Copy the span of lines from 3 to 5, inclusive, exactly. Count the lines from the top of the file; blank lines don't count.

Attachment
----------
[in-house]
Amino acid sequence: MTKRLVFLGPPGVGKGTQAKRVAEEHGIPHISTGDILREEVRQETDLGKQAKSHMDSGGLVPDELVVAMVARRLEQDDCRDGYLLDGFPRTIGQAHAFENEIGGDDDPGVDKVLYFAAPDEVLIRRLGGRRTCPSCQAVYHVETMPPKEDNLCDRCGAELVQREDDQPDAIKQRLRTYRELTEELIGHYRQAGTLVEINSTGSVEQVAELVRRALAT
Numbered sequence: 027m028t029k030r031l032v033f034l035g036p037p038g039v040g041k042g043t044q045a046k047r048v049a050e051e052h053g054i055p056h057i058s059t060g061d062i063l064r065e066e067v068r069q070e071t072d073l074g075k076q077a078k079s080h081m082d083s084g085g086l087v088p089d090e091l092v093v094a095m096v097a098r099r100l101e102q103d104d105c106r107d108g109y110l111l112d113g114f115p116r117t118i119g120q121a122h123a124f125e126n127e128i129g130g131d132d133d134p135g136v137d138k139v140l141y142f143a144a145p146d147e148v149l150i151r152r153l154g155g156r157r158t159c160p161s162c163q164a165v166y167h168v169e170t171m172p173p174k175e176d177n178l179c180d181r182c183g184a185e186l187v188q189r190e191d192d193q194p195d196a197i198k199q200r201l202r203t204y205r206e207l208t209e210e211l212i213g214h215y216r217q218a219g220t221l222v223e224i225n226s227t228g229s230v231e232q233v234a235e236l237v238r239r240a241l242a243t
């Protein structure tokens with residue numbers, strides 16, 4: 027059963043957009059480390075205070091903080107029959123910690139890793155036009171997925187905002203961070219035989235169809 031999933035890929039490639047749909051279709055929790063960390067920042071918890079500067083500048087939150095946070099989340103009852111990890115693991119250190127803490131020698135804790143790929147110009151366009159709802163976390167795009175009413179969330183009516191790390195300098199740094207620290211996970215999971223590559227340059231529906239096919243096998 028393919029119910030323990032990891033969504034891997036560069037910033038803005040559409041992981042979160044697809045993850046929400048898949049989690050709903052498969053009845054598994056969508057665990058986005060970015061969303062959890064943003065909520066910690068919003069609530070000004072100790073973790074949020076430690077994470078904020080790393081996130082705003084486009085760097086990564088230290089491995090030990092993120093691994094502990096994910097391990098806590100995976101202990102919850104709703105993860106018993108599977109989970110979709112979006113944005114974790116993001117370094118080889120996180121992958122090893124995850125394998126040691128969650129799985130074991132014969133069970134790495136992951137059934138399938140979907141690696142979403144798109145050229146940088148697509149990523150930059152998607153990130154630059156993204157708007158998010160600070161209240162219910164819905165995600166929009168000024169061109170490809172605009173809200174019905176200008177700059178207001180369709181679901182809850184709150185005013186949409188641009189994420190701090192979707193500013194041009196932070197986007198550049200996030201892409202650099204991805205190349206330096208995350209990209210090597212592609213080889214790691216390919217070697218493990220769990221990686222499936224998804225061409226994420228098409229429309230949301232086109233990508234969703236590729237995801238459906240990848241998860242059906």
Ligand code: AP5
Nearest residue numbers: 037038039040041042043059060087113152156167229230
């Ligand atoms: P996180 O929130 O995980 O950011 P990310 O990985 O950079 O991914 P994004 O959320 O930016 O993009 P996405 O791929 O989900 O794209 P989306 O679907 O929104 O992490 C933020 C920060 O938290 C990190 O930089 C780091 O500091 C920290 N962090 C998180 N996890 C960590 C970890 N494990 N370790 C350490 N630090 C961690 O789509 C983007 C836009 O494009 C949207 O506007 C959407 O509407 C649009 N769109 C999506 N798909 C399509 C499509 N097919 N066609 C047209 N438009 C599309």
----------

Numbered sequence: 027m028t029k030r031l032v033f034l035g036p037p038g039v040g041k042g043t044q045a046k047r048v049a050e051e052h053g054i055p056h057i058s059t060g061d062i063l064r065e066e067v068r069q070e071t072d073l074g075k076q077a078k079s080h081m082d083s084g085g086l087v088p089d090e091l092v093v094a095m096v097a098r099r100l101e102q103d104d105c106r107d108g109y110l111l112d113g114f115p116r117t118i119g120q121a122h123a124f125e126n127e128i129g130g131d132d133d134p135g136v137d138k139v140l141y142f143a144a145p146d147e148v149l150i151r152r153l154g155g156r157r158t159c160p161s162c163q164a165v166y167h168v169e170t171m172p173p174k175e176d177n178l179c180d181r182c183g184a185e186l187v188q189r190e191d192d193q194p195d196a197i198k199q200r201l202r203t204y205r206e207l208t209e210e211l212i213g214h215y216r217q218a219g220t221l222v223e224i225n226s227t228g229s230v231e232q233v234a235e236l237v238r239r240a241l242a243t
């Protein structure tokens with residue numbers, strides 16, 4: 027059963043957009059480390075205070091903080107029959123910690139890793155036009171997925187905002203961070219035989235169809 031999933035890929039490639047749909051279709055929790063960390067920042071918890079500067083500048087939150095946070099989340103009852111990890115693991119250190127803490131020698135804790143790929147110009151366009159709802163976390167795009175009413179969330183009516191790390195300098199740094207620290211996970215999971223590559227340059231529906239096919243096998 028393919029119910030323990032990891033969504034891997036560069037910033038803005040559409041992981042979160044697809045993850046929400048898949049989690050709903052498969053009845054598994056969508057665990058986005060970015061969303062959890064943003065909520066910690068919003069609530070000004072100790073973790074949020076430690077994470078904020080790393081996130082705003084486009085760097086990564088230290089491995090030990092993120093691994094502990096994910097391990098806590100995976101202990102919850104709703105993860106018993108599977109989970110979709112979006113944005114974790116993001117370094118080889120996180121992958122090893124995850125394998126040691128969650129799985130074991132014969133069970134790495136992951137059934138399938140979907141690696142979403144798109145050229146940088148697509149990523150930059152998607153990130154630059156993204157708007158998010160600070161209240162219910164819905165995600166929009168000024169061109170490809172605009173809200174019905176200008177700059178207001180369709181679901182809850184709150185005013186949409188641009189994420190701090192979707193500013194041009196932070197986007198550049200996030201892409202650099204991805205190349206330096208995350209990209210090597212592609213080889214790691216390919217070697218493990220769990221990686222499936224998804225061409226994420228098409229429309230949301232086109233990508234969703236590729237995801238459906240990848241998860242059906």
Ligand code: AP5